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2012-04-09 18:40:39

Pharmacology Chap 10 & 11d
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  1. Substance taken into the body by ingestion, inhalation, injection, or absorption that interferes with normal physiological functions
  2. The most common type of poisoning is by:
    Ingestion or swallowing
  3. Before 2004, what was recommended for children who has ingested poisons to induce vomiting
    Emetic; (ipecac syrup)
  4. What is the first step to tak in any poisoning is to:
    Contact your loca Poison Control Center.

    Obtained by calling the National Poison Center number

  5. What conditions should vomiting be avoided:
    Ingestion of corrosive substances (drain cleaner, ammonia, dish detergent, lye). If burns around the mouth, it will most likely burn on the way back up

    Ingestion of petroleum products ( gas, kerosene, lighter fluid, benzene)

    Ingestion of convulsants (styrychnine or iodine) Can cause seizures

    Semiconscious, severely inebriated, shock, convulsing or no gag reflex. Can cause choking, aspiration and and asphyxiation

    Less than 1 year old

    Patients with cardiac or vascular disease. Can cause high blood pressure anc precipitate a stroke, cardiac arrhythmias or atrioventriclular block.
  6. This may be required in poisoning with CNS depressants.
    • Antidotes
    • Ex. Flumazenil or Naloxone and/or CPR
  7. This substance is sometimes given by mouth to minimize systemic absorption of a poison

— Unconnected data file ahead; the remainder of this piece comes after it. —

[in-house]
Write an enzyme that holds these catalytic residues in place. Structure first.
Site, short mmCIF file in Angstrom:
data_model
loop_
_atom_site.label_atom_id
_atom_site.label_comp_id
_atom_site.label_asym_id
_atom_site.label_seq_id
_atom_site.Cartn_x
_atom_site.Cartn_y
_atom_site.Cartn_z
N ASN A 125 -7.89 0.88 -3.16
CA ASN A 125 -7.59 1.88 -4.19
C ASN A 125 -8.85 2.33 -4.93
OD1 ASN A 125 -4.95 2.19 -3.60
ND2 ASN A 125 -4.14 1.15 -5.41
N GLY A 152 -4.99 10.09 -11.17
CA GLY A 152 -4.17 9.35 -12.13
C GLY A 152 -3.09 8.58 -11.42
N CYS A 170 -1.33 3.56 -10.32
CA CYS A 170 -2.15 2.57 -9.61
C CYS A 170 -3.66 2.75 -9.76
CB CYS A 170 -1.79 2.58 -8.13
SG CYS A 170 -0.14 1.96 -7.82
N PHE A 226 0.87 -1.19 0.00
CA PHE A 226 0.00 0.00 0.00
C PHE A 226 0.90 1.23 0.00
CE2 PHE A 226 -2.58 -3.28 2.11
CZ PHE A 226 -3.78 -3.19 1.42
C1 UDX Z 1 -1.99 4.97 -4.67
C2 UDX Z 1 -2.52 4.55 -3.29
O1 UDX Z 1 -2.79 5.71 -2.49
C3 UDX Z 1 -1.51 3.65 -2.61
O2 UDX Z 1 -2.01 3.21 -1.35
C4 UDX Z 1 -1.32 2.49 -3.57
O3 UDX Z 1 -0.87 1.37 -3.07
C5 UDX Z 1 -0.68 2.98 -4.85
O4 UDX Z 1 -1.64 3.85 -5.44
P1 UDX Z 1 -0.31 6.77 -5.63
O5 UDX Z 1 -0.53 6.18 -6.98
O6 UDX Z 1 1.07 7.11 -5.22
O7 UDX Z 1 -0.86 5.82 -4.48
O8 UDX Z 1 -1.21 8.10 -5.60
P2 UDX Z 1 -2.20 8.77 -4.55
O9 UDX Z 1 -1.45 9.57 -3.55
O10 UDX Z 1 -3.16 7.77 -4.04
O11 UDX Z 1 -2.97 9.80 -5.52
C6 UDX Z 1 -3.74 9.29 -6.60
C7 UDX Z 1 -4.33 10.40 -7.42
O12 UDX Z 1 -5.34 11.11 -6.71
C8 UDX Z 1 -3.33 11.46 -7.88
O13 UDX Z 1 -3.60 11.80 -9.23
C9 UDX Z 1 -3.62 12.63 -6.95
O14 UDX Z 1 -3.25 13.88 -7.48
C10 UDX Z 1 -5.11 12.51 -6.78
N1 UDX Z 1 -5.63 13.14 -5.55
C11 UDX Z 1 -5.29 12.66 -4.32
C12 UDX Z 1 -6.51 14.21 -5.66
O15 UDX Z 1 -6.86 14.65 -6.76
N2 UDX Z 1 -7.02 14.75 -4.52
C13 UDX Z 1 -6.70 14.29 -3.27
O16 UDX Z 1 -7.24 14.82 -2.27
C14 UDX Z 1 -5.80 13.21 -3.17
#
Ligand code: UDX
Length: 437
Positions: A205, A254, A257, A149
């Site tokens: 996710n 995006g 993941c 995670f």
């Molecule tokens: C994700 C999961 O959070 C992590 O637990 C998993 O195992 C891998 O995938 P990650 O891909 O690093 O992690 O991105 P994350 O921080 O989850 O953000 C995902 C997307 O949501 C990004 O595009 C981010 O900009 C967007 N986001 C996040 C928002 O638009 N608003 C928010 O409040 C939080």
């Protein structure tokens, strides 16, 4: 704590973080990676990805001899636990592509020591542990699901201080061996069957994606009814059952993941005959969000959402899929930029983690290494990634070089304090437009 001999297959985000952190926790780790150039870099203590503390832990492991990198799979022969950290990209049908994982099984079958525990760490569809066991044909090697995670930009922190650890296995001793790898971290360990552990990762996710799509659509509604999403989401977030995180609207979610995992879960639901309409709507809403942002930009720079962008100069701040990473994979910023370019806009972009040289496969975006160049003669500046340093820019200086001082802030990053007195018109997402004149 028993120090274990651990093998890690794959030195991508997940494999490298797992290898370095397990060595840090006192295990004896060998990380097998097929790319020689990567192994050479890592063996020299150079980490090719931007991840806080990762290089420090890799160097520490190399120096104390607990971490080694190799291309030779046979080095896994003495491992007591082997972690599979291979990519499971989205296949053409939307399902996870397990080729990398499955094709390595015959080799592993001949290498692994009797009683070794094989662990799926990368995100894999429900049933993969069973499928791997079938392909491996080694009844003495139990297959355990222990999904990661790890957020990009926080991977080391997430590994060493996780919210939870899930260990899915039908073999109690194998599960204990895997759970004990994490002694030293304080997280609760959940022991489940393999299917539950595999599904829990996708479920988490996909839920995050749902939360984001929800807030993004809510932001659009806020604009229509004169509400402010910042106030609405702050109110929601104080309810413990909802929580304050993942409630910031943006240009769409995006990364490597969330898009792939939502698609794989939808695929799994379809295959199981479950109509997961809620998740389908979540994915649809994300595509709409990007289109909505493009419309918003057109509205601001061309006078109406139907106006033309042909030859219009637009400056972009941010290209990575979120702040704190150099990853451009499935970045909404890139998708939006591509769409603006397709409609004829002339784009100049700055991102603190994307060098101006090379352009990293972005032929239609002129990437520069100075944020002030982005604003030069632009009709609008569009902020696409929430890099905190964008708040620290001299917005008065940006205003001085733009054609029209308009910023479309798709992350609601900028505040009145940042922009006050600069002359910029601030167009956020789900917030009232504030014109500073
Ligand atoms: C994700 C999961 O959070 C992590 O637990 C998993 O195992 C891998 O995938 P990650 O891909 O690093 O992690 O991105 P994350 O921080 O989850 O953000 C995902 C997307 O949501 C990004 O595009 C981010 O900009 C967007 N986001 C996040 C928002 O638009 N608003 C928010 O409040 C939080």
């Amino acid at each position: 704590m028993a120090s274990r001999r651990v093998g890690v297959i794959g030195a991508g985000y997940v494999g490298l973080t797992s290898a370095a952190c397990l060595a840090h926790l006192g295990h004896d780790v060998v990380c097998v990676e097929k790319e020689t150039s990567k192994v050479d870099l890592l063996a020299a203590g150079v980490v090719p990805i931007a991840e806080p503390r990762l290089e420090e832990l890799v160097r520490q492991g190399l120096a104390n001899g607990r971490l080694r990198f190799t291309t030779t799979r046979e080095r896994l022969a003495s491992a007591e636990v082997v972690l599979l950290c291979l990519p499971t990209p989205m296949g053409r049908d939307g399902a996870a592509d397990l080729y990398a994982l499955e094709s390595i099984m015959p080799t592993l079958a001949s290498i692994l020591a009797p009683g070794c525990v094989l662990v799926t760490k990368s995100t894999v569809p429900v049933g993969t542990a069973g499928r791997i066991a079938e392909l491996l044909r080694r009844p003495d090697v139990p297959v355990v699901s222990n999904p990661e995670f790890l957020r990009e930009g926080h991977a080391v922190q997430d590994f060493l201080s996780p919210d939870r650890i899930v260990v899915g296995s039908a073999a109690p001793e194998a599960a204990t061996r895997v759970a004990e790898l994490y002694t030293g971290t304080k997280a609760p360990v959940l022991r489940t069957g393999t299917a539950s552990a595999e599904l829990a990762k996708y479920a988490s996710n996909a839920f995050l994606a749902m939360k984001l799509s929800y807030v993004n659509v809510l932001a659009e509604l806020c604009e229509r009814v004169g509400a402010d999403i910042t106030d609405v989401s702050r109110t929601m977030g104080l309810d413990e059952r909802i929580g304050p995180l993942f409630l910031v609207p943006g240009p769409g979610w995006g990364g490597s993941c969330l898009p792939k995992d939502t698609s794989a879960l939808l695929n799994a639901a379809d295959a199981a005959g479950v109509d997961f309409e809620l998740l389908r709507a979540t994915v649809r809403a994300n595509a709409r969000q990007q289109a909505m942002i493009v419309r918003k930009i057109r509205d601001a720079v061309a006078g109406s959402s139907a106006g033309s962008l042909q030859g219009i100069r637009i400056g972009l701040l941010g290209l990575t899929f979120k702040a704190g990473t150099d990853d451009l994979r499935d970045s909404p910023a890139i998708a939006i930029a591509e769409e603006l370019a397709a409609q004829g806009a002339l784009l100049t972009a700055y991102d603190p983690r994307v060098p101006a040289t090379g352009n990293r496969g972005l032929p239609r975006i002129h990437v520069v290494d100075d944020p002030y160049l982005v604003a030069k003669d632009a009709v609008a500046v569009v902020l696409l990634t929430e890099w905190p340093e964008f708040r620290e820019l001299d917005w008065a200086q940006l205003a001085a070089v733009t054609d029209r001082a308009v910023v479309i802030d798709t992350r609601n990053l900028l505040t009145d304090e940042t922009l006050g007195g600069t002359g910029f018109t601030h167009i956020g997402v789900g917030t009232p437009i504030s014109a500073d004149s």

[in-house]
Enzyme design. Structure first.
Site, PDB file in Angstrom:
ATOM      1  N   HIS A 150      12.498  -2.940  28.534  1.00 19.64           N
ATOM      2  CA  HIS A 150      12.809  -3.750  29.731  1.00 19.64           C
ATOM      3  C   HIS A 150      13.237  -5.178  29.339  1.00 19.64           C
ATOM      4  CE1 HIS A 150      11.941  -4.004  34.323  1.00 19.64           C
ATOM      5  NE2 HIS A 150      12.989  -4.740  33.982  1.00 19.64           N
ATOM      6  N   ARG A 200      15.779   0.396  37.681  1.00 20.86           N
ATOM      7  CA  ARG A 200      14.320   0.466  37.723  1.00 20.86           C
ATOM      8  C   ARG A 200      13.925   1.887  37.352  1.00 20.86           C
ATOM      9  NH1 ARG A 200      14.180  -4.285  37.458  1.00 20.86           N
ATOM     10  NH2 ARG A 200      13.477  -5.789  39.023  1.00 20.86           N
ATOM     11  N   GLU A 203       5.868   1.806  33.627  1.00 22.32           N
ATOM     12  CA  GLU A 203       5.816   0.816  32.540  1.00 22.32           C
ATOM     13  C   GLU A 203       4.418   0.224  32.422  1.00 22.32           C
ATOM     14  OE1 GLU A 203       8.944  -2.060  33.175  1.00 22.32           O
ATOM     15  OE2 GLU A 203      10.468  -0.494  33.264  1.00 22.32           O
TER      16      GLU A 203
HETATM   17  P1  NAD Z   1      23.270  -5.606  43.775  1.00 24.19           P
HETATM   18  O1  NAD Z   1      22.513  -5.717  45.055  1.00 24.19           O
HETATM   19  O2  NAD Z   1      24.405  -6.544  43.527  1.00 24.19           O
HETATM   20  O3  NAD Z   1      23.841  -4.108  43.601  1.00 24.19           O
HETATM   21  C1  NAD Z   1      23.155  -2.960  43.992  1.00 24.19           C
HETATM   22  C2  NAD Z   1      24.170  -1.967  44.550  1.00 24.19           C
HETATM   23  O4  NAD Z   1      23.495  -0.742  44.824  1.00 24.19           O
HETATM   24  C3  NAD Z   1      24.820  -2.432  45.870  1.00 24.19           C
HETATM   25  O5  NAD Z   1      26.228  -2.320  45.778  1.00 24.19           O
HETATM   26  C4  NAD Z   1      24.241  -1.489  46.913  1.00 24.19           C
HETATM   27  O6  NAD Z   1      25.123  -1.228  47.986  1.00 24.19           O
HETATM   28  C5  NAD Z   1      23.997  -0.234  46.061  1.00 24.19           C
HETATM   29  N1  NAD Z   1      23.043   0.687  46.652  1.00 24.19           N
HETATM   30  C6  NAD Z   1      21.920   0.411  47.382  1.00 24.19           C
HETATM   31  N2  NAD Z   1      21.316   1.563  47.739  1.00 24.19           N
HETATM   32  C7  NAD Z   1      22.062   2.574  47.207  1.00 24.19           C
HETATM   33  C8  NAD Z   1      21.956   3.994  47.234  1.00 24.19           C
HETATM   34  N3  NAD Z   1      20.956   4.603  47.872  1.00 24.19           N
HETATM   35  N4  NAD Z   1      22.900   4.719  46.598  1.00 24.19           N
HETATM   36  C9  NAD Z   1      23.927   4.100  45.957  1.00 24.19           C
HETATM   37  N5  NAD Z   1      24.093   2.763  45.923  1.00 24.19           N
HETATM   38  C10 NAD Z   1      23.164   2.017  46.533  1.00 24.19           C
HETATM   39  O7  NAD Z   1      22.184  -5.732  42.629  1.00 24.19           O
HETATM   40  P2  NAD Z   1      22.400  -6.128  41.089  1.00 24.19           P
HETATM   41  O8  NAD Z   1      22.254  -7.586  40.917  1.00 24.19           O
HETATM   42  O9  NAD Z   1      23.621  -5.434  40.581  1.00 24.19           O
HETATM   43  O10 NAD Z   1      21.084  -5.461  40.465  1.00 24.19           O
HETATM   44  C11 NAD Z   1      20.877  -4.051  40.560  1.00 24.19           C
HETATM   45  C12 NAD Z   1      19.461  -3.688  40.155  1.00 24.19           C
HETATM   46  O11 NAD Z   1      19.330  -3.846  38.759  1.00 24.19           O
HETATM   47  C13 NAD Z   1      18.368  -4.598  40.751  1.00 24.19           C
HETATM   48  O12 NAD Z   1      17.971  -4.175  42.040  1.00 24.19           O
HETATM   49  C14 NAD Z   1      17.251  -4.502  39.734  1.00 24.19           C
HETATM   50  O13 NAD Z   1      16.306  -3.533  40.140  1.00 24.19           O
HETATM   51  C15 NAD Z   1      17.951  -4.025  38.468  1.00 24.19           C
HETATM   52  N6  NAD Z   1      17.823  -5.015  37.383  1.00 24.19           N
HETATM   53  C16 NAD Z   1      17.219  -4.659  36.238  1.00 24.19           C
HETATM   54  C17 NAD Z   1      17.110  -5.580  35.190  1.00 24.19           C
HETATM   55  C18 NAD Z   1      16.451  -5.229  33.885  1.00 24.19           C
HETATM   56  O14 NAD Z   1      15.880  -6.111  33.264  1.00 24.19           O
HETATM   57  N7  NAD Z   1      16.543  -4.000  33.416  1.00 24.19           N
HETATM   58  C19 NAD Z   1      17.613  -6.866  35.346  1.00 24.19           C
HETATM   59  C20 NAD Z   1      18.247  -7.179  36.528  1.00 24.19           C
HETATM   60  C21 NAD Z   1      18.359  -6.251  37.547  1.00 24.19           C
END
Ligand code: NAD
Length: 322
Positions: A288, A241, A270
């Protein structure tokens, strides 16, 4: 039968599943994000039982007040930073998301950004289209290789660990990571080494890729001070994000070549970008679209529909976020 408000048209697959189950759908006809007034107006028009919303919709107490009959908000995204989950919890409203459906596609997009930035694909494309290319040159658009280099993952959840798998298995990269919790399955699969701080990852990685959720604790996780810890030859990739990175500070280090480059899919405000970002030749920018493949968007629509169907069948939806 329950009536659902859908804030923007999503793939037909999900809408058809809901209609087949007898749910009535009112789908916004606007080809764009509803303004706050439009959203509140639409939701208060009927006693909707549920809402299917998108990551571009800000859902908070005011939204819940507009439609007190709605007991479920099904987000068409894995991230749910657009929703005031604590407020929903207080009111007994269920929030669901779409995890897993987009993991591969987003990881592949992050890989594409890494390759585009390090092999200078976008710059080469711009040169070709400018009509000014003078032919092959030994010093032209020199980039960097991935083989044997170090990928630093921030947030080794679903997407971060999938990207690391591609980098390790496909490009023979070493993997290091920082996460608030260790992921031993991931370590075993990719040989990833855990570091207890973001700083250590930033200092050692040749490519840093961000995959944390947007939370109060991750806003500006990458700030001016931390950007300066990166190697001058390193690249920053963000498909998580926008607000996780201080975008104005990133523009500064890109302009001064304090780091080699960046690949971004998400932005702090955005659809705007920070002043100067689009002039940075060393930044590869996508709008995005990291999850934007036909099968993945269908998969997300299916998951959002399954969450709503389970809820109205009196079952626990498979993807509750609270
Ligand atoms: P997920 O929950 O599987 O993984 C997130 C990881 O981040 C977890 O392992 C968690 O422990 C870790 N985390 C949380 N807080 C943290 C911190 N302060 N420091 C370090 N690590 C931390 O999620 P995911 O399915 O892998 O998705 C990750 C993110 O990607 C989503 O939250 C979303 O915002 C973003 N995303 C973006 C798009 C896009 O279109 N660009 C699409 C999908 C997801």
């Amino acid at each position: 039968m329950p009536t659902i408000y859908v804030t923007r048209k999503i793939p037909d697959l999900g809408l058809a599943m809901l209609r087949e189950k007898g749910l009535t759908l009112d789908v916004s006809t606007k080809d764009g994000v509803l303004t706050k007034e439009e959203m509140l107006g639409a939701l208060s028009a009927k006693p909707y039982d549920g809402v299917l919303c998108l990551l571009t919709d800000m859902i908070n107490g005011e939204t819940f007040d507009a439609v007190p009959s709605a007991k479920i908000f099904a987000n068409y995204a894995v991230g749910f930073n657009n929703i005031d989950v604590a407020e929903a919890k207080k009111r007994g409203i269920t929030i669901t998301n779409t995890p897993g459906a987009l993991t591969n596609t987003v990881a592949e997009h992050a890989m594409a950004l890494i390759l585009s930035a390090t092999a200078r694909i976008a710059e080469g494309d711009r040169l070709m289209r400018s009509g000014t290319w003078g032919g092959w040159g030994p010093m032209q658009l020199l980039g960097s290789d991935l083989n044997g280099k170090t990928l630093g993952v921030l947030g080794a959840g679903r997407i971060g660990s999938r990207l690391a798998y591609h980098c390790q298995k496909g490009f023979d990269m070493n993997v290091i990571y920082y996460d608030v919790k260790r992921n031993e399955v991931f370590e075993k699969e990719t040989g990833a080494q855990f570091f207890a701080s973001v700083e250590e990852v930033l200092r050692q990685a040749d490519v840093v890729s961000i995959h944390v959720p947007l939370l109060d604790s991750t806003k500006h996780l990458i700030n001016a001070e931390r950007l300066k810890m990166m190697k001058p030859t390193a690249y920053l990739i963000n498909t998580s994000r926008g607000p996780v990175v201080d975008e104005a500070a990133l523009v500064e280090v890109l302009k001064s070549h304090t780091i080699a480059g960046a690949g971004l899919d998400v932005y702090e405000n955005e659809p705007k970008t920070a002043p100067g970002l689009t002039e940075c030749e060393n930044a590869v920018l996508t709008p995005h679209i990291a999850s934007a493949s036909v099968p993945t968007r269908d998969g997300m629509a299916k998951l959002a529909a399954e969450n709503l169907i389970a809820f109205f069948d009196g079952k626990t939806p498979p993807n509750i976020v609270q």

8. What steps should be taken if you are caring for a poison victim
    Save emesis---may be necessary to determine type of poison

    Closely monitor vital signs

    Closely monitor signs of confusion, tremors, convulsion, visual disturbances, loss of conscious, respiratory distress
  9. Treatment for poisoning by inhalation.
    Systemic: fresh air, oxygen and CPR (if indicated)
  10. This type of poisoning can rob the body tissues of vital oxygen
    Carbon Monoxide
  11. Treatment for carbon monoxide poisoning
    High percentage oxygen therapy and/or hyperbaric oxygen
  12. Treatment for external poisoning
    • Flushed from the skin for 20 min
    • Flushed from the eyes for 30 min
    • Continuous stream of water
    • Transported to nearest ER
  13. Systemic absorption of poisons through the skin may require administration of
  14. Treatment of insect sting (bee, scorpion, fire ant)
    • Immediately clean area and remove stinger
    • Apply ice pack to affected area
    • Watch closely for anaphylactic reaction
  15. What is administered to those that have a anaphylactic reaction
    • CPR
    • Epinephrine and corticosteroids
  16. What is NOT applied to a snakebite
    Tourniquet or ice.
  17. Steps for taking care of a person with a snakebite
    • Keep patient quiet
    • Transport, lying down to ER
    • If possible take snake along for id purposes
  18. Poisoning is the leading cause of health emergencies for
  19. Age of children most at risk
  20. Steps to prevent poisoning in children
    • Chemicals in locked cupboard
    • Medication in locked box
    • Medications in childproof containers
  21. Leading cause of poisoning deaths in children under 6
  22. What causes toxic reaction from medication in older adults
    • Slower metabolism, impaired c irculation, decreased execretion
    • Wrong dosage due to impaired vision or poor memory
    • Drug interactions with OTC or Herbal meds